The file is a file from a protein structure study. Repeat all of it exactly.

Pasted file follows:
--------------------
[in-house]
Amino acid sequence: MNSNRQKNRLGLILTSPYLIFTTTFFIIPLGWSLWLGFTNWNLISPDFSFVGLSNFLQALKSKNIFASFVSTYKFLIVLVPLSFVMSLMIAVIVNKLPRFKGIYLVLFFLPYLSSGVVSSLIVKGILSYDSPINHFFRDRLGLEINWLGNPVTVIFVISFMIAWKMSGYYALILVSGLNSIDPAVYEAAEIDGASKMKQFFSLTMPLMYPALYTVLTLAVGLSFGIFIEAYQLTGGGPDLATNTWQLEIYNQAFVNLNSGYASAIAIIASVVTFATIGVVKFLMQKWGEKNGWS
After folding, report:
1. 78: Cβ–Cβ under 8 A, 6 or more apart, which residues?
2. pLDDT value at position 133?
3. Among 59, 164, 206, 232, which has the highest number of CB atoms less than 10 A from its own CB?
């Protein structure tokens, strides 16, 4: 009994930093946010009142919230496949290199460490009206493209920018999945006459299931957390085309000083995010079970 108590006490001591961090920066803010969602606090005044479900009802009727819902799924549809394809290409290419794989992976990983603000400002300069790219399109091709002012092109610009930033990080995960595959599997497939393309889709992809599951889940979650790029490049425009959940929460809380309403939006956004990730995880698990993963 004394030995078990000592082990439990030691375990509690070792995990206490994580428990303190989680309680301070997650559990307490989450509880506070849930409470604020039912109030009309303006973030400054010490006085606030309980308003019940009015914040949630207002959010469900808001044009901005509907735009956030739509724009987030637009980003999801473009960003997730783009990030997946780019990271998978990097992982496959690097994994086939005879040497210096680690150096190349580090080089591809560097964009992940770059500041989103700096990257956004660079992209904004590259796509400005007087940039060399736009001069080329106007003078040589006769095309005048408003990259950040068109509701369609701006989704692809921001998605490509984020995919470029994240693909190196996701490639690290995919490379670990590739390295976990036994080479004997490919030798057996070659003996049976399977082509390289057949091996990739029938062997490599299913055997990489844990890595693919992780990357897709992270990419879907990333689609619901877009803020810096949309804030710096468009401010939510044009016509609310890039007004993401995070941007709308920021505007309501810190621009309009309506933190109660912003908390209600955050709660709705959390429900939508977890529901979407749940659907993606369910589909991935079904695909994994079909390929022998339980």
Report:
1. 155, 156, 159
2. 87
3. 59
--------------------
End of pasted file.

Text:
[in-house]
Amino acid sequence: MNSNRQKNRLGLILTSPYLIFTTTFFIIPLGWSLWLGFTNWNLISPDFSFVGLSNFLQALKSKNIFASFVSTYKFLIVLVPLSFVMSLMIAVIVNKLPRFKGIYLVLFFLPYLSSGVVSSLIVKGILSYDSPINHFFRDRLGLEINWLGNPVTVIFVISFMIAWKMSGYYALILVSGLNSIDPAVYEAAEIDGASKMKQFFSLTMPLMYPALYTVLTLAVGLSFGIFIEAYQLTGGGPDLATNTWQLEIYNQAFVNLNSGYASAIAIIASVVTFATIGVVKFLMQKWGEKNGWS
After folding, report:
1. 78: Cβ–Cβ under 8 A, 6 or more apart, which residues?
2. pLDDT value at position 133?
3. Among 59, 164, 206, 232, which has the highest number of CB atoms less than 10 A from its own CB?
């Protein structure tokens, strides 16, 4: 009994930093946010009142919230496949290199460490009206493209920018999945006459299931957390085309000083995010079970 108590006490001591961090920066803010969602606090005044479900009802009727819902799924549809394809290409290419794989992976990983603000400002300069790219399109091709002012092109610009930033990080995960595959599997497939393309889709992809599951889940979650790029490049425009959940929460809380309403939006956004990730995880698990993963 004394030995078990000592082990439990030691375990509690070792995990206490994580428990303190989680309680301070997650559990307490989450509880506070849930409470604020039912109030009309303006973030400054010490006085606030309980308003019940009015914040949630207002959010469900808001044009901005509907735009956030739509724009987030637009980003999801473009960003997730783009990030997946780019990271998978990097992982496959690097994994086939005879040497210096680690150096190349580090080089591809560097964009992940770059500041989103700096990257956004660079992209904004590259796509400005007087940039060399736009001069080329106007003078040589006769095309005048408003990259950040068109509701369609701006989704692809921001998605490509984020995919470029994240693909190196996701490639690290995919490379670990590739390295976990036994080479004997490919030798057996070659003996049976399977082509390289057949091996990739029938062997490599299913055997990489844990890595693919992780990357897709992270990419879907990333689609619901877009803020810096949309804030710096468009401010939510044009016509609310890039007004993401995070941007709308920021505007309501810190621009309009309506933190109660912003908390209600955050709660709705959390429900939508977890529901979407749940659907993606369910589909991935079904695909994994079909390929022998339980």
Report:
1. 155, 156, 159
2. 87
3. 59